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GE obviously has some money behind it, but its marketing is not just about big above-the-line campaigns.
The brand has jumped on new platforms relatively early, and uses video and educational content to great effect.
Here are 10 examples of great GE marketing creative.
There are two difficulties with a roundup like this - Disney is massive and it's often hard to disentangle product and marketing.
The company creates such strong stories/brands that all of its media can appear to work seamlessly.
Nevertheless, I've picked out some examples of what could be termed marketing expertise by the film juggernaut.
Manchester, England, is set to be the UK demonstrator city for internet-of-things innovation.
Of course, there is much smart technology already in action across many major cities, but the CityVerve Project, awarded £10m by the UK Government, is different in aiming to improve services for residents and working with both the public and private sectors.
Here are six of the project's internet-of-things (IOT) initiatives.
Every business, if you look hard enough, has an unfair advantage. The trick is to find yours and work it for all its worth.
Here are six ways that businesses can make the most of what they've got...
Google helps us all market our services. That statement can start a healthy debate amongst many in the media, but I think I'll stick with it.
Of course, Google has to market itself, too.
Even the biggest and most successful companies must market themselves in some channels. Apple, for example, may shun social media, but it's all over the television and out-of-home and has a distinctive presence on many high streets.
So, I thought I'd round up some examples of Google's marketing that have stuck in my mind and continue to leave me mindful of Google's all-conquering innovation.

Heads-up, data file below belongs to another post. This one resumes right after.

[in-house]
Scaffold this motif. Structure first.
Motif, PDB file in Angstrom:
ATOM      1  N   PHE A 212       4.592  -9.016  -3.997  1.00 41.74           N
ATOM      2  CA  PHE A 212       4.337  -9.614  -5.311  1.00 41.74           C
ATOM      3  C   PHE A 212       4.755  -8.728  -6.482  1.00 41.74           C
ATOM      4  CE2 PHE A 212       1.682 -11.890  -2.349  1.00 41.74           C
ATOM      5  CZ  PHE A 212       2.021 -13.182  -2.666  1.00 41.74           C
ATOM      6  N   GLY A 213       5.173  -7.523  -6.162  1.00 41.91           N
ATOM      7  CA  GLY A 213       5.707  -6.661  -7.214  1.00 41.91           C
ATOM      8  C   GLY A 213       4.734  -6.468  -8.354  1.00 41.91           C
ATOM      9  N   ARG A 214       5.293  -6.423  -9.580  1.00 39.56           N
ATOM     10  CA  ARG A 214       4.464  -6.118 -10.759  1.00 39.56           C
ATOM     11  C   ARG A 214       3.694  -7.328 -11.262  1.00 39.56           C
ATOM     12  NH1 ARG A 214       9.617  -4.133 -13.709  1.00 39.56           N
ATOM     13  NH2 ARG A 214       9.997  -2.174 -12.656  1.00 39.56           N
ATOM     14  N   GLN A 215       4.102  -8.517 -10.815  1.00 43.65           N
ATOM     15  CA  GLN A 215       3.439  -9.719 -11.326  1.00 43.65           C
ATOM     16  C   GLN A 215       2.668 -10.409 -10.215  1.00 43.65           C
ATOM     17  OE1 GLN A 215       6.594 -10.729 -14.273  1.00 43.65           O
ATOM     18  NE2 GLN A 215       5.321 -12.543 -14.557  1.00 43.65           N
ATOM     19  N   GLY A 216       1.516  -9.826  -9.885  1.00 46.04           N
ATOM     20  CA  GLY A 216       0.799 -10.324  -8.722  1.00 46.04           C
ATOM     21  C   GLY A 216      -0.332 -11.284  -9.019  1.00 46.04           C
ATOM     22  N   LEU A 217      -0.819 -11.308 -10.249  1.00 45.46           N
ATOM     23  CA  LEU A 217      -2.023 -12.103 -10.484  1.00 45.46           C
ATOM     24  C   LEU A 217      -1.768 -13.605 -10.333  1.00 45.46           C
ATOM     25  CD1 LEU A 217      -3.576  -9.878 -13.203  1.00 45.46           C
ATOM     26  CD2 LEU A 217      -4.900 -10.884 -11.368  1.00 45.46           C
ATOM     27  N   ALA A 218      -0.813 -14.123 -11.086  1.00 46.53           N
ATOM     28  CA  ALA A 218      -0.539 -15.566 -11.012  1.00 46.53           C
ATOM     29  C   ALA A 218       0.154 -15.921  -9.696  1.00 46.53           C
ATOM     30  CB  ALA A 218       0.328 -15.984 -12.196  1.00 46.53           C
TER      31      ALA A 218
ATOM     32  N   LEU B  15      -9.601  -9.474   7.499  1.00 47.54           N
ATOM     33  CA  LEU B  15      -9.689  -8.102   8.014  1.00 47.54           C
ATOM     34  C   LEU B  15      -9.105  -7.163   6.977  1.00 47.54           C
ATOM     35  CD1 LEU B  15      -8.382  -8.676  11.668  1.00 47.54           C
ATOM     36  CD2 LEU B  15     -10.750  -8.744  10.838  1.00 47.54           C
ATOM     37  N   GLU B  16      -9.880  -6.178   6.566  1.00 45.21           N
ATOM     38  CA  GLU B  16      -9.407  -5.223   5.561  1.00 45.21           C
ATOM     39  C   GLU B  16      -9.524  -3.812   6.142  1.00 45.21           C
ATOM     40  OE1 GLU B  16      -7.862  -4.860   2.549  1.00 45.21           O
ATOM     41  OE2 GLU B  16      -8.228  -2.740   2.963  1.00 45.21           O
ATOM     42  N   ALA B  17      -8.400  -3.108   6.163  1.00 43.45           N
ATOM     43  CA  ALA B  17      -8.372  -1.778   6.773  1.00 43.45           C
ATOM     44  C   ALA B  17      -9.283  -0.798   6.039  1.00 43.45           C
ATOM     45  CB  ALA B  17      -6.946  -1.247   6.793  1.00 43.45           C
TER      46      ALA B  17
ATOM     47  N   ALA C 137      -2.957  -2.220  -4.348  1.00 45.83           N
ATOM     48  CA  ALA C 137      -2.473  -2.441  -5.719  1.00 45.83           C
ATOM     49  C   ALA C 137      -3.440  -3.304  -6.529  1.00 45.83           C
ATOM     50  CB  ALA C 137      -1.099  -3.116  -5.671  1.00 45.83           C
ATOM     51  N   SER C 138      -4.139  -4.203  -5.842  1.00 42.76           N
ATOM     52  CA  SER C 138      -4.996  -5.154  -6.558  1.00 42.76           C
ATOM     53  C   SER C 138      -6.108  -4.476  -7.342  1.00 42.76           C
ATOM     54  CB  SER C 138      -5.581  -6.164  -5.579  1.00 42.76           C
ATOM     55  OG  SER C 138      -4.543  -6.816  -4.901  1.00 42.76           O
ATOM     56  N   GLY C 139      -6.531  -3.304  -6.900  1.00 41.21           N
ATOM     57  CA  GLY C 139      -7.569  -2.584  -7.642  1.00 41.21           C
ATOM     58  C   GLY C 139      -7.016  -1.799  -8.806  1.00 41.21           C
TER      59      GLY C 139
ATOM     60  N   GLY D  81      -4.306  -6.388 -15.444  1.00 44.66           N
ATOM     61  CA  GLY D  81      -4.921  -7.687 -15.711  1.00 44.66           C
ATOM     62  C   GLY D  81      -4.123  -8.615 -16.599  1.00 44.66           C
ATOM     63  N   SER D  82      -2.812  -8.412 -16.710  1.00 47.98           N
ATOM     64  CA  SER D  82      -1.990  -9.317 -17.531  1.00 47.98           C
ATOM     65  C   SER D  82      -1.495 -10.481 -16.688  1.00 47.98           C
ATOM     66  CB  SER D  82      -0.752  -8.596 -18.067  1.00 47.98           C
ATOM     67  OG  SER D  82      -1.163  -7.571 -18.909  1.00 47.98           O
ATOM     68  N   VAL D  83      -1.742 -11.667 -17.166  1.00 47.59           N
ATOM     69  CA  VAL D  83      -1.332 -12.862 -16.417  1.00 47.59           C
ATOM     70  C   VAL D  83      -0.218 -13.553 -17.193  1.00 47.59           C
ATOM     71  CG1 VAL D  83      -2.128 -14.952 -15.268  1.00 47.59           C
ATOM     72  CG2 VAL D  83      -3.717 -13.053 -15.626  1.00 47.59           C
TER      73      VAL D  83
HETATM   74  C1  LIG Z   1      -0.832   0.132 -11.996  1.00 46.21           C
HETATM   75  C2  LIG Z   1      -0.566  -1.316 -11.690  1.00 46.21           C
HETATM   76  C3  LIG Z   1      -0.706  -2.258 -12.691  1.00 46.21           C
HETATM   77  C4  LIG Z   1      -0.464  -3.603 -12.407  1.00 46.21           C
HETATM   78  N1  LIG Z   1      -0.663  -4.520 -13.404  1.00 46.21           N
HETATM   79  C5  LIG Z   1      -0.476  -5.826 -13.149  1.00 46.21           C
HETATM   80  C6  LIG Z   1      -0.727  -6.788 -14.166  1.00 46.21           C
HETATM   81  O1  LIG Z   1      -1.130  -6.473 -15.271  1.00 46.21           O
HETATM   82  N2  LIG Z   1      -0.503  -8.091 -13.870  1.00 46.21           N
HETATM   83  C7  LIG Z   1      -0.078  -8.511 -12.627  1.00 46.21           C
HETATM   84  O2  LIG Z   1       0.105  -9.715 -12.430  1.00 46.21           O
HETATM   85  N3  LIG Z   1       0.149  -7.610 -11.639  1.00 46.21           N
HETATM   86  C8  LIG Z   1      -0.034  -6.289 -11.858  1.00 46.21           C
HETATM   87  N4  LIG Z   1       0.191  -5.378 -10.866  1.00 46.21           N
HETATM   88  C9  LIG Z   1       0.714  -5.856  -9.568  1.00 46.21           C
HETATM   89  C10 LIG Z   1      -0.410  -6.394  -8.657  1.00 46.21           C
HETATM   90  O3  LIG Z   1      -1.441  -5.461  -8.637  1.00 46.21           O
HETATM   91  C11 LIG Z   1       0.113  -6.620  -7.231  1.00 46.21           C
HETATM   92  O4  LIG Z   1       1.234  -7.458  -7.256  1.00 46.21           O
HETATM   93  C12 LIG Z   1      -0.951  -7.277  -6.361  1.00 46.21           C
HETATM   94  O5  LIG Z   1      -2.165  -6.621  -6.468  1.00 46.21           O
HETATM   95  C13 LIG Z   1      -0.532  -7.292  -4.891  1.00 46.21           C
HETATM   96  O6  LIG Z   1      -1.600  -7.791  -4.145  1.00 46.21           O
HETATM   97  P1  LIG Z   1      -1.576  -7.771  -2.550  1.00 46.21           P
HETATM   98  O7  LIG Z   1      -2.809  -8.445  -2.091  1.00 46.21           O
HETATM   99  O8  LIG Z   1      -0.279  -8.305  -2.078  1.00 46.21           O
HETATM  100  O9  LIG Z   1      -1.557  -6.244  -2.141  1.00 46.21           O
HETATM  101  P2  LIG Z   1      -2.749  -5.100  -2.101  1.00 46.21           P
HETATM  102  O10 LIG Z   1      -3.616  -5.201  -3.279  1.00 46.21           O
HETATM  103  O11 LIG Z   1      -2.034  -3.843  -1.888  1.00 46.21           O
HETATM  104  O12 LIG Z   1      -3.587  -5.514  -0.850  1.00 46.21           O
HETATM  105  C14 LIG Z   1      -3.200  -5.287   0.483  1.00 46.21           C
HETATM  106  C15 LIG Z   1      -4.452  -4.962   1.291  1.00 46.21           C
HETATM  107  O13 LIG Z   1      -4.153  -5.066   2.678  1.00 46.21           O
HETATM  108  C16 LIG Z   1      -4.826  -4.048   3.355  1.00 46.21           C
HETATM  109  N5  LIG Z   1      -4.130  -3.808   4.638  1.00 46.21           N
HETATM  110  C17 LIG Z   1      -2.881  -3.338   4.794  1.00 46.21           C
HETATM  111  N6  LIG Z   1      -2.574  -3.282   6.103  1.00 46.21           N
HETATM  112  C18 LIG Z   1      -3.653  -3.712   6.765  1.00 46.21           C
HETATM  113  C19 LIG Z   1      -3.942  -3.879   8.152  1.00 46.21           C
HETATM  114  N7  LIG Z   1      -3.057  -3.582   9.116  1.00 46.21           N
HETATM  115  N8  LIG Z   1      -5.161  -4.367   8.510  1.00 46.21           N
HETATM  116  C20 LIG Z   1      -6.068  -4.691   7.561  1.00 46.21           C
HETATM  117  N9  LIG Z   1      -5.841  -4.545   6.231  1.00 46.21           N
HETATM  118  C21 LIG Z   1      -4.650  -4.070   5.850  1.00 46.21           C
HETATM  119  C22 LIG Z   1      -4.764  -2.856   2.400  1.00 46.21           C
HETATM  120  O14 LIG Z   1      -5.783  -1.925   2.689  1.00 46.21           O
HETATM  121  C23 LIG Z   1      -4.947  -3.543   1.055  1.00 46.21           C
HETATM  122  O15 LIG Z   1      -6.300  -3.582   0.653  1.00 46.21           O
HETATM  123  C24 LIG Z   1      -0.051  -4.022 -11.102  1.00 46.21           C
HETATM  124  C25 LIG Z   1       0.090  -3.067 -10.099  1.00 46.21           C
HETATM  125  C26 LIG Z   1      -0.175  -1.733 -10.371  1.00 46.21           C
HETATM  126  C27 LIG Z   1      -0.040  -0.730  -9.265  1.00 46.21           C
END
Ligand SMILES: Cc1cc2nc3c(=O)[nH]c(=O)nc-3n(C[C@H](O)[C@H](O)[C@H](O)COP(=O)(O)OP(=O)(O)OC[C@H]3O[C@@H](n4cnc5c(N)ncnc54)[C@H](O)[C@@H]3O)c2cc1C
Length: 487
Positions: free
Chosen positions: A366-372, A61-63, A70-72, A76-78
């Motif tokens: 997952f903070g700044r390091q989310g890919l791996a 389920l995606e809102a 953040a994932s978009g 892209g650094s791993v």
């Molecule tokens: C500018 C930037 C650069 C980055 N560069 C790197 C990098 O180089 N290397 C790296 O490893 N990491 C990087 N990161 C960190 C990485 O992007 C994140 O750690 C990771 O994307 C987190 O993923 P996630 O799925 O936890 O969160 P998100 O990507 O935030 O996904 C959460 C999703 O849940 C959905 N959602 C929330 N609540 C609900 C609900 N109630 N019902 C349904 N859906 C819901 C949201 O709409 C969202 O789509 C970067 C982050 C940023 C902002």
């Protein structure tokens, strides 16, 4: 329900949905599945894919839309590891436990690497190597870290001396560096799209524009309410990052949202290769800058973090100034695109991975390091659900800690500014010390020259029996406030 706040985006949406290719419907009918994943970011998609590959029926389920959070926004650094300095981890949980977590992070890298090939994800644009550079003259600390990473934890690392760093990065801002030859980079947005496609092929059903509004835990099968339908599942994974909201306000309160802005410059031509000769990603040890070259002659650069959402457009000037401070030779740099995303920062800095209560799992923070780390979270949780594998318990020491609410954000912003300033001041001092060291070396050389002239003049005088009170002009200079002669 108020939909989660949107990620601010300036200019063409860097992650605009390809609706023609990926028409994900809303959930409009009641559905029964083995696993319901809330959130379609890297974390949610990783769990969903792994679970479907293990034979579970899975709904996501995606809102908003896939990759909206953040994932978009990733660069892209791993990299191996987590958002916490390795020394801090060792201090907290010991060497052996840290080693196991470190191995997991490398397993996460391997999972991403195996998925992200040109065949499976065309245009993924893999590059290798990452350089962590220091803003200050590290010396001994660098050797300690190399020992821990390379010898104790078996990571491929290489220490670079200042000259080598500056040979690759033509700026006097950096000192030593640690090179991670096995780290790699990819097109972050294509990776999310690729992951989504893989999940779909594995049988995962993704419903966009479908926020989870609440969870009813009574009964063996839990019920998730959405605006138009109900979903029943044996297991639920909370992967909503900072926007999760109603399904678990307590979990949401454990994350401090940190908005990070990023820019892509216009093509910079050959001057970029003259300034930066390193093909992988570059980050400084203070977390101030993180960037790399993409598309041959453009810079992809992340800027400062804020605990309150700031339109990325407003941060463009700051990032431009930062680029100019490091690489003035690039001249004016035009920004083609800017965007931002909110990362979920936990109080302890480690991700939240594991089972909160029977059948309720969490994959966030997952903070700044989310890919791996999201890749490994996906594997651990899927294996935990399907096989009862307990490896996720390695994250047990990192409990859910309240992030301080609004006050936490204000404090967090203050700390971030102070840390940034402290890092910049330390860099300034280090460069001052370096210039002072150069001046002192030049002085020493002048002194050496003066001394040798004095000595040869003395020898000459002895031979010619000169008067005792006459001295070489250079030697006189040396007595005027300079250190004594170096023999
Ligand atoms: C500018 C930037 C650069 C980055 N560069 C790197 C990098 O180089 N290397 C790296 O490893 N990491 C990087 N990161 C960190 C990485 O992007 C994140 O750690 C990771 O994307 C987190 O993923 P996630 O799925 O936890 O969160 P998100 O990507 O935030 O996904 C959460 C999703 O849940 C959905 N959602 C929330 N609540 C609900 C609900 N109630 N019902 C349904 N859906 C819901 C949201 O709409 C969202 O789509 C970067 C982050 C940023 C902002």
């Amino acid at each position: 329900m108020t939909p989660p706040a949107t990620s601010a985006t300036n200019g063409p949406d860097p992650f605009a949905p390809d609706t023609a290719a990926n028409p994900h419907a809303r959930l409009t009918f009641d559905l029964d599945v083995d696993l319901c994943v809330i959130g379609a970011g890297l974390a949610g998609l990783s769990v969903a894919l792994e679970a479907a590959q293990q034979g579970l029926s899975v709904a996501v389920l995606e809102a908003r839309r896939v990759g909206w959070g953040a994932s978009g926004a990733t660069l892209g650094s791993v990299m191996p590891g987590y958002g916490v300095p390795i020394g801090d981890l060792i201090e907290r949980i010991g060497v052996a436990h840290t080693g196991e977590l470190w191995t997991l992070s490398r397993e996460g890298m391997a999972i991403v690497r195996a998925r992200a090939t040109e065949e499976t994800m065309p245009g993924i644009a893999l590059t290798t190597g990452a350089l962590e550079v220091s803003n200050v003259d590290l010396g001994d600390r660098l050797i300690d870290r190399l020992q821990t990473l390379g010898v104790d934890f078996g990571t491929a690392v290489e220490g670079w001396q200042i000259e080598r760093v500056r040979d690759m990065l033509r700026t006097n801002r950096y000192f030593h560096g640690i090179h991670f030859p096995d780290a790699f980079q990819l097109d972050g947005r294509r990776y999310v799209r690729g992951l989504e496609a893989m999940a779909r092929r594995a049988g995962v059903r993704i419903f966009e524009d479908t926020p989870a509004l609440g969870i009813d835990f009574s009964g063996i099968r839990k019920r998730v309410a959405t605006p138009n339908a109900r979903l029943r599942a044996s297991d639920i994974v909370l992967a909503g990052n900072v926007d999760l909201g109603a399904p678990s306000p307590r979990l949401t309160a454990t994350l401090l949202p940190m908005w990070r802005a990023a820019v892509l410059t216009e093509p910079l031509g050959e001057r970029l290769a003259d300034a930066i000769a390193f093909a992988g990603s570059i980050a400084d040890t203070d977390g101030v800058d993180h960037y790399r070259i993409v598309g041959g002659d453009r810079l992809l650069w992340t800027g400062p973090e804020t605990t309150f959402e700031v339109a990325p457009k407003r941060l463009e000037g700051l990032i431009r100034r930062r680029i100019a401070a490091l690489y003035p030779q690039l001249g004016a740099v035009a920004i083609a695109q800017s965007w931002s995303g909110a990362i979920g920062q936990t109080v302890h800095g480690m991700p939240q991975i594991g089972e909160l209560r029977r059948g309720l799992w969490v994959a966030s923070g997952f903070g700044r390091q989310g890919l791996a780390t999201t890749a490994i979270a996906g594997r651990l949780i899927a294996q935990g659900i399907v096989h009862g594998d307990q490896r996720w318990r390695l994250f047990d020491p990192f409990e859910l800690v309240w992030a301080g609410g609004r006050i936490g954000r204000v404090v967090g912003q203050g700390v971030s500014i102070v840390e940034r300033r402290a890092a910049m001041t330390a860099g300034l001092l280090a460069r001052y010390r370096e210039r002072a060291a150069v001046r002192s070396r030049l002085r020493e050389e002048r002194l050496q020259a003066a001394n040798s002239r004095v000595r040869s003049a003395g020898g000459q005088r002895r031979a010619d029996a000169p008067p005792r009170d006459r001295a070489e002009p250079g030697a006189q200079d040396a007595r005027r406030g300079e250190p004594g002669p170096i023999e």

Hope you enjoy!
While there has been a slight backlash around content marketing, I think mainly due to the hype, brands in general have upped their game this year, and there are some great examples around.
i've asked agency and client side marketers, as well as the Econsultancy editorial team for their favourite examples of content campaigns and strategy from the past 12 months.
Every page you visit on the Internet will return something called a ‘status code’, a code consisting of three numbers that communicate to the requester the status of their request for a particular page.
A 404 is ultimately an error message by default and is a very frequent and recognisable message experienced by every single internet user. 404s are not inherently bad, they exist for a very good reason.
Their ambiguous nature however means that search engines (and your users, and your rankings) will often benefit from some direction on what action to take when they come across them. Without this direction and left unmanaged, 404 errors are problematic.
Here are the SEO impacts and the possible solutions...
The expectations of brands on social media are getting higher. This is leading to businesses having to turn away from traditional approaches and create more engaging and interactive experiences, with crowd-sourcing of content becoming a favourite method.
With 40% of people responding better to visual information than text alone, it is not a surprise to see brands diving in to experience the hype of the photo-sharing app, Instagram.
And there are brands who not only aim to discover the joys of Instagram through traditional engagement and networking, but by creating immersive and innovative campaigns.
From time to time I like to compile some of the the more recent examples of 404 pages that I’ve seen, which stand out for their creativity. Here's my latest semi-regular round-up of the web's more entertaining error pages.
It’s worth pointing out in advance that not all of the following comply with best practice. If a user can’t find a page (typically the result of a broken link, which isn’t their fault, or a mis-typed URL, which is) then it is your job to guide them out of a hole.
In practice, this means a link back to your homepage at the very least, and preferably a search box, links to popular areas of your site, and some kind of messaging that tells the user what’s going on.
On top of that I think it is a good idea to throw in a little humour, context, and / or entertainment that makes light of a lame situation. To that end, these 12 examples should provide some inspiration for you to overhaul an often overlooked page on your site.
Your users may thank you for it. And hey, you might generate a few new inbound links from websites that like to compile these things!
I’ve previously ranted a bit about how Facebook is driving forward a large element of social commerce, but I’ve always found that it helps to provide evidence for any argument.
Consequently, I’ve compiled a rather large list of companies who are using Facebook to sell products...